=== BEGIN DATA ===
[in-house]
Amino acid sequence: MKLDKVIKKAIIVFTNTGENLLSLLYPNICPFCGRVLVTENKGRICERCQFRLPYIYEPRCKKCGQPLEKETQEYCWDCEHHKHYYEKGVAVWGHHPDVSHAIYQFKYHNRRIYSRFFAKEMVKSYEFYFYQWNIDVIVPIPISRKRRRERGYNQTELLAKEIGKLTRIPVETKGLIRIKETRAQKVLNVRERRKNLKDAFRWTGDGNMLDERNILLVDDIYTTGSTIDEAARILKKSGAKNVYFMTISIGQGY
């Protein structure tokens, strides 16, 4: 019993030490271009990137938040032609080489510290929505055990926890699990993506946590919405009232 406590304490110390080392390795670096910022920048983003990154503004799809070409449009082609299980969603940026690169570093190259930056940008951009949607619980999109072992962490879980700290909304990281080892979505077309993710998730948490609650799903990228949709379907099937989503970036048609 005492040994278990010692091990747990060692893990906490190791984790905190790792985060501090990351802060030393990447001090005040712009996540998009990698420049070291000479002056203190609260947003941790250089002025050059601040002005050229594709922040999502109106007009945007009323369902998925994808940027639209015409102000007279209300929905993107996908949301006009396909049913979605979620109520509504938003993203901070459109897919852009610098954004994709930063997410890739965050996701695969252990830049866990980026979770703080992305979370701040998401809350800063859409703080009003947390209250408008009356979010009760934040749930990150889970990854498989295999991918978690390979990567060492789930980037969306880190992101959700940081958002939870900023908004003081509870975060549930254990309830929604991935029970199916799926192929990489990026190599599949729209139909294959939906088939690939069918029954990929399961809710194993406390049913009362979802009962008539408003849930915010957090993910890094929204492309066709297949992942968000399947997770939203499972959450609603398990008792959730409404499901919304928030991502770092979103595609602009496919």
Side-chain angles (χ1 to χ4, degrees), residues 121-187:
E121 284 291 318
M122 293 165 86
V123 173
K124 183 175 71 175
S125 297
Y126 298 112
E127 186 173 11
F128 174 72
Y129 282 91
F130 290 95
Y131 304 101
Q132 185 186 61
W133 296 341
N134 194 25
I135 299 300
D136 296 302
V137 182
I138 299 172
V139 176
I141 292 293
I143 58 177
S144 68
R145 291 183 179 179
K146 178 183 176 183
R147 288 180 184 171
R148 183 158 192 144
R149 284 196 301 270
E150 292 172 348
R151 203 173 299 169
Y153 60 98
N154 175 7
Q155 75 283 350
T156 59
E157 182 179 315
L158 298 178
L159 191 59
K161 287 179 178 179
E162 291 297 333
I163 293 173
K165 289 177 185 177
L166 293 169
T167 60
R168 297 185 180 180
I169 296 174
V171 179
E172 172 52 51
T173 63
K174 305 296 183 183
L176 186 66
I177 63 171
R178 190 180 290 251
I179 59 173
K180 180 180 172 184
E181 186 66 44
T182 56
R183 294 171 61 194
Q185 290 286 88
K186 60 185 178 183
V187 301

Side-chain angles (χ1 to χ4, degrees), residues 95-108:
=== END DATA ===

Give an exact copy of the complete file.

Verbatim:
[in-house]
Amino acid sequence: MKLDKVIKKAIIVFTNTGENLLSLLYPNICPFCGRVLVTENKGRICERCQFRLPYIYEPRCKKCGQPLEKETQEYCWDCEHHKHYYEKGVAVWGHHPDVSHAIYQFKYHNRRIYSRFFAKEMVKSYEFYFYQWNIDVIVPIPISRKRRRERGYNQTELLAKEIGKLTRIPVETKGLIRIKETRAQKVLNVRERRKNLKDAFRWTGDGNMLDERNILLVDDIYTTGSTIDEAARILKKSGAKNVYFMTISIGQGY
């Protein structure tokens, strides 16, 4: 019993030490271009990137938040032609080489510290929505055990926890699990993506946590919405009232 406590304490110390080392390795670096910022920048983003990154503004799809070409449009082609299980969603940026690169570093190259930056940008951009949607619980999109072992962490879980700290909304990281080892979505077309993710998730948490609650799903990228949709379907099937989503970036048609 005492040994278990010692091990747990060692893990906490190791984790905190790792985060501090990351802060030393990447001090005040712009996540998009990698420049070291000479002056203190609260947003941790250089002025050059601040002005050229594709922040999502109106007009945007009323369902998925994808940027639209015409102000007279209300929905993107996908949301006009396909049913979605979620109520509504938003993203901070459109897919852009610098954004994709930063997410890739965050996701695969252990830049866990980026979770703080992305979370701040998401809350800063859409703080009003947390209250408008009356979010009760934040749930990150889970990854498989295999991918978690390979990567060492789930980037969306880190992101959700940081958002939870900023908004003081509870975060549930254990309830929604991935029970199916799926192929990489990026190599599949729209139909294959939906088939690939069918029954990929399961809710194993406390049913009362979802009962008539408003849930915010957090993910890094929204492309066709297949992942968000399947997770939203499972959450609603398990008792959730409404499901919304928030991502770092979103595609602009496919």
Side-chain angles (χ1 to χ4, degrees), residues 121-187:
E121 284 291 318
M122 293 165 86
V123 173
K124 183 175 71 175
S125 297
Y126 298 112
E127 186 173 11
F128 174 72
Y129 282 91
F130 290 95
Y131 304 101
Q132 185 186 61
W133 296 341
N134 194 25
I135 299 300
D136 296 302
V137 182
I138 299 172
V139 176
I141 292 293
I143 58 177
S144 68
R145 291 183 179 179
K146 178 183 176 183
R147 288 180 184 171
R148 183 158 192 144
R149 284 196 301 270
E150 292 172 348
R151 203 173 299 169
Y153 60 98
N154 175 7
Q155 75 283 350
T156 59
E157 182 179 315
L158 298 178
L159 191 59
K161 287 179 178 179
E162 291 297 333
I163 293 173
K165 289 177 185 177
L166 293 169
T167 60
R168 297 185 180 180
I169 296 174
V171 179
E172 172 52 51
T173 63
K174 305 296 183 183
L176 186 66
I177 63 171
R178 190 180 290 251
I179 59 173
K180 180 180 172 184
E181 186 66 44
T182 56
R183 294 171 61 194
Q185 290 286 88
K186 60 185 178 183
V187 301

Side-chain angles (χ1 to χ4, degrees), residues 95-108: